A separate threat that exists is any viral outbreak. In 2019 almost 500 penguins died in a bird flu (H5N8) outbreak on three islands near Luderitz that hold 96% of Namibia’s penguin population. The virus was probably brought a bird (gannet, tern or another penguin) from Cape Town, where an outbreak occurred in 2018. Oil spills are an additional grave threat.


The prospects for their continued existence around Cape Town and further up the western coast into Namibia look bleak unless the depleted fish stocks somehow begin to bounce back. The Namibian government halted the country’s commercial sardine fishery for three years in 2017, but any effect has yet to be seen. Without sardines, the marine eco-system along the coast of southwestern Africa will face a catastrophe. This will affect much more than just the penguins, which is a depressing prediction.

Coming out of the frigid sea, it is only natural to shake off the water and open yourself up to soak in the warming rays of the sun.


We visited both colonies on each of our two trips to Cape Town and found the experience different at each site. As one of the most scenic cities on planet with countless things to do and see (and eat!) in the area, we have a few recommendations as optional add-ons.

An afternoon trip to Boulders Beach goes well following a visit to Cape Point, which is only another 30 minutes to the south by car. This popular National Park offers some wildlife (we saw ostrich, zebra, tortoises, and a rhebok) along with fabulous views. It also takes you to the furthest south-eastern point on the African continent. Note: the Cape of Good Hope is NOT the southernmost point, which is actually Cape Agulhas, further to the east, around 3 hours by car from Cape Town.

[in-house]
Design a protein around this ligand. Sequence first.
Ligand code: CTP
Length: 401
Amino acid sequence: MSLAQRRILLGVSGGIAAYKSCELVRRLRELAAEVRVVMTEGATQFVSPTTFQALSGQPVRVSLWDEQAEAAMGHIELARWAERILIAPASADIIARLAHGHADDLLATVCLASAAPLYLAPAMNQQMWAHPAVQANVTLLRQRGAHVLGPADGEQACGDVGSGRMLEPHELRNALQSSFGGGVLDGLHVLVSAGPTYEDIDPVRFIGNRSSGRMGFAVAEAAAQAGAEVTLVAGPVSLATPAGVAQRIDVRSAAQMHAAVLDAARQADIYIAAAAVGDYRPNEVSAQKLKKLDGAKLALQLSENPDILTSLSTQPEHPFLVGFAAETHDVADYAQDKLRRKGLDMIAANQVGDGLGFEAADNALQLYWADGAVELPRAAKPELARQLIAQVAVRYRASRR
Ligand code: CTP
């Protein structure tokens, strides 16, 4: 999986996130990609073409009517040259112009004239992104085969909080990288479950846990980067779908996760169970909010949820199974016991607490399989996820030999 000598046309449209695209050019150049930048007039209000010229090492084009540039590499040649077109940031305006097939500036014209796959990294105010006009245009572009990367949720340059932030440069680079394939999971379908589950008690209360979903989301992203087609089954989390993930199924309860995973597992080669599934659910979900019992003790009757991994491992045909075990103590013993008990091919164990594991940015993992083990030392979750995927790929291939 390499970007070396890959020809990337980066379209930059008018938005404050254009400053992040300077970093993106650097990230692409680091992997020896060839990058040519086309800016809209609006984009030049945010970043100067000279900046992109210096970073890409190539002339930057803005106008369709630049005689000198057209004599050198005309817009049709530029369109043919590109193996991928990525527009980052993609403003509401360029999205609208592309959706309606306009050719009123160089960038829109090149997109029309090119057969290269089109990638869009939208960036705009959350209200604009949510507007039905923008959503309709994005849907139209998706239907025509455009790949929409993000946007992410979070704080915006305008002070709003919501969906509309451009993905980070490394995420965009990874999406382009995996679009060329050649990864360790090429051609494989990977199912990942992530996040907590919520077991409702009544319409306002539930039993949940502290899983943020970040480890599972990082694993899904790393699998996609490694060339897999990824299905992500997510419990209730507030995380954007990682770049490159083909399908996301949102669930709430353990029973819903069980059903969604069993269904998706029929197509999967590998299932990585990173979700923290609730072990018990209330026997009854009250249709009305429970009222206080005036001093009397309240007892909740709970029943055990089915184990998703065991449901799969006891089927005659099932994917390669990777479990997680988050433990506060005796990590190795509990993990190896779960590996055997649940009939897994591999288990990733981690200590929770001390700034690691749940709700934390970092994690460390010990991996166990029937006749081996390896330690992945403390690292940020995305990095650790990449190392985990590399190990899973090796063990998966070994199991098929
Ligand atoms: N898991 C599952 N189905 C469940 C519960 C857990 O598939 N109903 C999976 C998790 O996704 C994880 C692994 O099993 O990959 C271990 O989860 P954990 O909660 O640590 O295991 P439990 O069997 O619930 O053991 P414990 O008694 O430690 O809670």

If coming down from Cape Town, the west coast route involves the spectacular Chapman’s Peak Drive, winding above the sea from Camp’s Bay and through Hout Bay until Noordhoek Beach. It must be one of the most scenic coastal drives on the planet. Driving this road after a late afternoon visit to Boulders Beach is highly recommended. Watching the sun plunge into the Atlantic Ocean as you drive along this stunning route is an fantastic experience.